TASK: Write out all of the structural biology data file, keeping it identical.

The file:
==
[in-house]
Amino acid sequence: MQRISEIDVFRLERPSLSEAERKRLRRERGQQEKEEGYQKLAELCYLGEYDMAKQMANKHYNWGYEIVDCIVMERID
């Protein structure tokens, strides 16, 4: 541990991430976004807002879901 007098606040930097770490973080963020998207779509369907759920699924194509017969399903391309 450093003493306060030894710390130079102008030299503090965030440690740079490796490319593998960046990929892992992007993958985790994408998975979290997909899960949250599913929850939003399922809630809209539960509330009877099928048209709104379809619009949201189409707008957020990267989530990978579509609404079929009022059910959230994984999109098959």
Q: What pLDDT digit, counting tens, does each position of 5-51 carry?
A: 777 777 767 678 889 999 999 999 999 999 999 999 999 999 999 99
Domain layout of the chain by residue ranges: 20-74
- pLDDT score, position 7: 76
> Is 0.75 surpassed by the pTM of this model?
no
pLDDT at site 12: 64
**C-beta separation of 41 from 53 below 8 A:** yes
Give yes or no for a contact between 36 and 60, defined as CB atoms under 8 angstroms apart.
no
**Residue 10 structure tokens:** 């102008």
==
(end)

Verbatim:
[in-house]
Amino acid sequence: MQRISEIDVFRLERPSLSEAERKRLRRERGQQEKEEGYQKLAELCYLGEYDMAKQMANKHYNWGYEIVDCIVMERID
């Protein structure tokens, strides 16, 4: 541990991430976004807002879901 007098606040930097770490973080963020998207779509369907759920699924194509017969399903391309 450093003493306060030894710390130079102008030299503090965030440690740079490796490319593998960046990929892992992007993958985790994408998975979290997909899960949250599913929850939003399922809630809209539960509330009877099928048209709104379809619009949201189409707008957020990267989530990978579509609404079929009022059910959230994984999109098959």
Q: What pLDDT digit, counting tens, does each position of 5-51 carry?
A: 777 777 767 678 889 999 999 999 999 999 999 999 999 999 999 99
Domain layout of the chain by residue ranges: 20-74
- pLDDT score, position 7: 76
> Is 0.75 surpassed by the pTM of this model?
no
pLDDT at site 12: 64
**C-beta separation of 41 from 53 below 8 A:** yes
Give yes or no for a contact between 36 and 60, defined as CB atoms under 8 angstroms apart.
no
**Residue 10 structure tokens:** 């102008």